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I want to use a Git alias in ~/.gitconfig so that it calls a bash function, if it is defined, otherwise call the regular git checkout.

This is what I have devised:

cat ~/.gitconfig
    co = !(compgen -A function vxzExecuteGitCheckout >/dev/null && vxzExecuteGitCheckout ) || git checkout

The problem is that Git uses /bin/sh (which happens to be dash in my case) and it barfs on compgen since it is a bash builtin.

Any way making sure that Git uses bash to execute this command?

Note that vxzExecuteGitCheckout() is defined in a file which is not included in ~/.bashrc, yet.

Another question is, if I were to use git co -b param1 param2 ..., would the above alias definition pass on the -b param1 param2 to git checkout if this Bash function is not found?

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use bash explicitely:

co = !bash -c '( compgen -A function vxzExecuteGitCheckout >/dev/null && vxzExecuteGitCheckout ) || git checkout' -

another possibility would be to write a shell script with the correct shebang line #!/bin/bash and call that script for (see the question How to embed bash script directly inside a git alias)

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Thanks, that helped. Used this: <br> co = !bash -c '(compgen -A function vxzExecuteGitCheckout >/dev/null && vxzExecuteGitCheckout "$@" ) || git checkout "$@"' - You might want to explain the importance of trailing dash, because without it the git co command seemed to do nothing at all. – Gurjeet Singh Jun 26 '11 at 15:38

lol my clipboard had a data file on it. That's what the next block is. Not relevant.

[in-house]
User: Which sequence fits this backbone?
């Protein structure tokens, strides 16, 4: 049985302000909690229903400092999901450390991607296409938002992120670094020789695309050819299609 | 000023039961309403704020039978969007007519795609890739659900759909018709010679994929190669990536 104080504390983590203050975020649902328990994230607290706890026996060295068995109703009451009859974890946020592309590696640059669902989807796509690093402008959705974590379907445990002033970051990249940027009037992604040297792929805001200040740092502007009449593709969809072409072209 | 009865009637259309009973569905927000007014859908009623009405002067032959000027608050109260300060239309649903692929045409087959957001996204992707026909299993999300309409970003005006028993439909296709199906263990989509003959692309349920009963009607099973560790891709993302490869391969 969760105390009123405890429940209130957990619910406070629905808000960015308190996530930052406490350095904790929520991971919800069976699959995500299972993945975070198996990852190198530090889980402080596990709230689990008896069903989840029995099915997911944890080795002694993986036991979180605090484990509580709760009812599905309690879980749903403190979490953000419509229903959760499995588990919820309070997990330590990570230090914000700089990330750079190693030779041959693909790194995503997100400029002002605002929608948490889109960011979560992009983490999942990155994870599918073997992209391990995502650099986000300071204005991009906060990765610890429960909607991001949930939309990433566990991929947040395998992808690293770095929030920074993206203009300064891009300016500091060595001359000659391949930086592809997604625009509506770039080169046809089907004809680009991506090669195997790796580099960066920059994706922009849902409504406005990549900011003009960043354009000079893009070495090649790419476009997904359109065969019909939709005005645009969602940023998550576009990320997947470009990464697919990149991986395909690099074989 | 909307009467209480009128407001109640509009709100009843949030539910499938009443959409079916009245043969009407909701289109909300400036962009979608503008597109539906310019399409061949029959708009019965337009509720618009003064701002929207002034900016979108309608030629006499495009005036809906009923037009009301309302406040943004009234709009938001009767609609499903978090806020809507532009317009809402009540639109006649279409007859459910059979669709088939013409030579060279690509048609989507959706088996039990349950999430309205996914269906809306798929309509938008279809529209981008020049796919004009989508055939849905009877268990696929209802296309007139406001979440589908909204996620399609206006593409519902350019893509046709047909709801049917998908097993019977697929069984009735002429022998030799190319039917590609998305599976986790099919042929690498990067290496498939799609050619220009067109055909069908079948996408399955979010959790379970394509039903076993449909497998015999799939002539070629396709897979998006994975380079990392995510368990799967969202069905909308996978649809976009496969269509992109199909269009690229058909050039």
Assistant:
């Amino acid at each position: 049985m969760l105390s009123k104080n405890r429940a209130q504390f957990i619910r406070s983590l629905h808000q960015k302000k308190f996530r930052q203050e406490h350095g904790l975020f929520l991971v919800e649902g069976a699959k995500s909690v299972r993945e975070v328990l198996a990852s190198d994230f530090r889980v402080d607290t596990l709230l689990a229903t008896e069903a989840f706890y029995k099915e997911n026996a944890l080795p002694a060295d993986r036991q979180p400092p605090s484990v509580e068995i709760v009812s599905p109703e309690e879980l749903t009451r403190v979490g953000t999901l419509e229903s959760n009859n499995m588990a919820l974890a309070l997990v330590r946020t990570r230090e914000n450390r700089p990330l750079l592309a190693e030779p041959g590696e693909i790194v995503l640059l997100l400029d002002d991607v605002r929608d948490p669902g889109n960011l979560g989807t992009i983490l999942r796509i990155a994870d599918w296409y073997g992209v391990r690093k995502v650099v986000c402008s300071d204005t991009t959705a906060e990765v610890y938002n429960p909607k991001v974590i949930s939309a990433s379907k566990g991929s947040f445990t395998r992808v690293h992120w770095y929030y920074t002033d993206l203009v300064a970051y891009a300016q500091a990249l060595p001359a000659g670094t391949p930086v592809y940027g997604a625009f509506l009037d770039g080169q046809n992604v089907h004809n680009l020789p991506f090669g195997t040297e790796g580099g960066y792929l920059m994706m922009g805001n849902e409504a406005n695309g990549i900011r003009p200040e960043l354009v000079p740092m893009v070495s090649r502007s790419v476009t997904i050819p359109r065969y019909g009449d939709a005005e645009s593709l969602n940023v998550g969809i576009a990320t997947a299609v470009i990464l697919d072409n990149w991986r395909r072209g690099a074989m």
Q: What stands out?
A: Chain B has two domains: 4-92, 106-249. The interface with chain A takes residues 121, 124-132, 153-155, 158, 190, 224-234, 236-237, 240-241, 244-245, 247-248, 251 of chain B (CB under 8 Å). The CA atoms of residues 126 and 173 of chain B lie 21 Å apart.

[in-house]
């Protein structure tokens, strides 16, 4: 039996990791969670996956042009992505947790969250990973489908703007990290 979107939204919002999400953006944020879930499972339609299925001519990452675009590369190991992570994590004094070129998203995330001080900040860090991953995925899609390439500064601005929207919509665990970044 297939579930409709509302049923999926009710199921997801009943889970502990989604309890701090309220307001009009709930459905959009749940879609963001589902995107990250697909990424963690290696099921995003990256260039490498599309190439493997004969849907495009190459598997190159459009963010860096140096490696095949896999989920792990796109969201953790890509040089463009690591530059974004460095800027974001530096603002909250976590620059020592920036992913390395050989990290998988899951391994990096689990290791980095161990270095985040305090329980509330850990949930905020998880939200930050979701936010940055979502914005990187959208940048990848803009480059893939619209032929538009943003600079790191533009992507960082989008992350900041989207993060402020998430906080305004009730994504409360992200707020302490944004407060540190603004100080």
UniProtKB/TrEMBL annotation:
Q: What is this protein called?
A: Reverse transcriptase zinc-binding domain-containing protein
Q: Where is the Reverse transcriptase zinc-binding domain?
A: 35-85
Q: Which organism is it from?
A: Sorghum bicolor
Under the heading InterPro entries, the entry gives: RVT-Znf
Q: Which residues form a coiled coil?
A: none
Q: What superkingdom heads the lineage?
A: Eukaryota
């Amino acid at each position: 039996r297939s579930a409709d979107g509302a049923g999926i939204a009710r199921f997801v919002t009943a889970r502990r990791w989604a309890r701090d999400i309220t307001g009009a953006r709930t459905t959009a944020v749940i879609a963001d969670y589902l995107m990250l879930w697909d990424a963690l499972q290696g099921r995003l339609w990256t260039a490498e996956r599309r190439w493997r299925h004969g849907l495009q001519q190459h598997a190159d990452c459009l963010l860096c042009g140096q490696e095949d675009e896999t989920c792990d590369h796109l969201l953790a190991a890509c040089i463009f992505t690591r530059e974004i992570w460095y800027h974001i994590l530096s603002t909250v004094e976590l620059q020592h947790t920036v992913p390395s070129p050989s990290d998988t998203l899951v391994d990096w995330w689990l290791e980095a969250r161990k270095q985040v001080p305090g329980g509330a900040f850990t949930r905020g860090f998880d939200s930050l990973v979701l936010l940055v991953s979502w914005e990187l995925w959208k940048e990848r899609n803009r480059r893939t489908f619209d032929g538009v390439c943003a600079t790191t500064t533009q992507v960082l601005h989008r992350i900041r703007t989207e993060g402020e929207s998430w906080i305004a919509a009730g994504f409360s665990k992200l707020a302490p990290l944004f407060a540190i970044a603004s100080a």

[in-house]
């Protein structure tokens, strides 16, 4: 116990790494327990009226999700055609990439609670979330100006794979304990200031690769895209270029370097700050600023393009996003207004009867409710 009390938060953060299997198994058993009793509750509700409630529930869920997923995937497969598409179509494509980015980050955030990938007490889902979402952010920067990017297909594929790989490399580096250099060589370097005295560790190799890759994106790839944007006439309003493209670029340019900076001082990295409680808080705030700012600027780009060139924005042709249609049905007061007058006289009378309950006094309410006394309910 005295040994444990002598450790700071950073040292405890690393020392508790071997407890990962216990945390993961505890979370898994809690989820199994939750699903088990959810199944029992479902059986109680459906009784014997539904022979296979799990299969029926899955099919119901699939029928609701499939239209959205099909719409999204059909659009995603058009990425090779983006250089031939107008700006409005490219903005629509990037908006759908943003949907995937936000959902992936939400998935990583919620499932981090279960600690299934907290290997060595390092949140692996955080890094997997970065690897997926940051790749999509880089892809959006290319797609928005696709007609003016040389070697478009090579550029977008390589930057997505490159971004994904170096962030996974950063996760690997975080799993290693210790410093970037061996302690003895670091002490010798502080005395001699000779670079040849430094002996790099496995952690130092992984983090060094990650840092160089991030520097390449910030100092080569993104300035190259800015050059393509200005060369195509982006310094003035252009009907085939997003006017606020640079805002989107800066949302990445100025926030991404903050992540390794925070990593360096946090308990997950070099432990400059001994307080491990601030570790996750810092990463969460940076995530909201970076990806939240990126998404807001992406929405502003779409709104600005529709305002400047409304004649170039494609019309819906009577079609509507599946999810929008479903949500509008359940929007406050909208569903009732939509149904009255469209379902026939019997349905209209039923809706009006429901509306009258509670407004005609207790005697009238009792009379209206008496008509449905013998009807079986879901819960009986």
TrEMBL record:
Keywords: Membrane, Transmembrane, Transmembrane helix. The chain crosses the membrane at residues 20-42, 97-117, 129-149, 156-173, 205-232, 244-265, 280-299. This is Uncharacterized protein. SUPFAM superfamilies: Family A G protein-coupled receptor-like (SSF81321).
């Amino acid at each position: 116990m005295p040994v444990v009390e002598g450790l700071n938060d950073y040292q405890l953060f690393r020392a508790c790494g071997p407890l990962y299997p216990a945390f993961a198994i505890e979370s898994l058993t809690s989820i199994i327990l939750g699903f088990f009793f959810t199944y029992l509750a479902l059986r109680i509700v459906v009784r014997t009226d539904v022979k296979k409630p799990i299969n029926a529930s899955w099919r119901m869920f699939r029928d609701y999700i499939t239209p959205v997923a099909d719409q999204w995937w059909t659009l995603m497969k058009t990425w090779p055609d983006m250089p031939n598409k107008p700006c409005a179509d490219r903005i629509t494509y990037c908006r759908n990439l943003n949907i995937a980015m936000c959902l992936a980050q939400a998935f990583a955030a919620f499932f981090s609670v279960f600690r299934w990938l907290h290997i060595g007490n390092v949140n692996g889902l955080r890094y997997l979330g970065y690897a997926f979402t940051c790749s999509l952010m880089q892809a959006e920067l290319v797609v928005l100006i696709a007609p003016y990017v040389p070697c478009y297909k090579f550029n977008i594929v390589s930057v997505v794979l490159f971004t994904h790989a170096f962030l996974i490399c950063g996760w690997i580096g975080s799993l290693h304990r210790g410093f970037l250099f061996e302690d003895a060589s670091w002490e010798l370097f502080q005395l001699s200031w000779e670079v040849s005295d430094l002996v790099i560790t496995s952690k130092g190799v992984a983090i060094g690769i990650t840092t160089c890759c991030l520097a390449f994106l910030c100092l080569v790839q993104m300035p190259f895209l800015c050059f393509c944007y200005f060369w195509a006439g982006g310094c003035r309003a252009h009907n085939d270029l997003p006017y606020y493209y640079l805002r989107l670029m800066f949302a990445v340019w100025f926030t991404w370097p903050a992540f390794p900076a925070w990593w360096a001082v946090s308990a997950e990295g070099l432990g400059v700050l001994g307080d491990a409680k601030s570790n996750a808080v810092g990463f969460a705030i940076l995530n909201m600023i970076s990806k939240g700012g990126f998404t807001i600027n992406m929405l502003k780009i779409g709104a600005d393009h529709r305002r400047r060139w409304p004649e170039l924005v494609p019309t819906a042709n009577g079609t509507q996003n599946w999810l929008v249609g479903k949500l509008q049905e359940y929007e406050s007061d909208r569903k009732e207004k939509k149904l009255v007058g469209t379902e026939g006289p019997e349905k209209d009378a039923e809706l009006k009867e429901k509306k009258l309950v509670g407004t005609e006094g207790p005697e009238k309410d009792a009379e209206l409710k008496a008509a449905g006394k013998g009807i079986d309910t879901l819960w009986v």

I finally ditched this approach because I wanted the called function vxz... to change the environment variables of the shell I am working in. But since this function gets called in new shell of its own, the environment variable changes do not affect the calling shell. – Gurjeet Singh Jun 26 '11 at 15:45
@gurjeet: any chance we might know the problem you're trying to solve? maybe there's another way around it – knittl Jun 26 '11 at 15:58
I work with PostgreSQL sources quite a lot and have a few bash functions that let me do common things. I want these functions to do the right thing everytime I switch to different a Git branch of Postgres sources. To do the right thing, these functions depend on some env. variables, and I want to update these env vars with every checkout. I finally ended up adding a function call to bash special variable $PROMPT_COMMAND. PROMPT_COMMAND=vxzDetectBranchChange. And now everytime I change to a new branch, this function updates all relevant environment variables, including $PATH. – Gurjeet Singh Jun 27 '11 at 16:39

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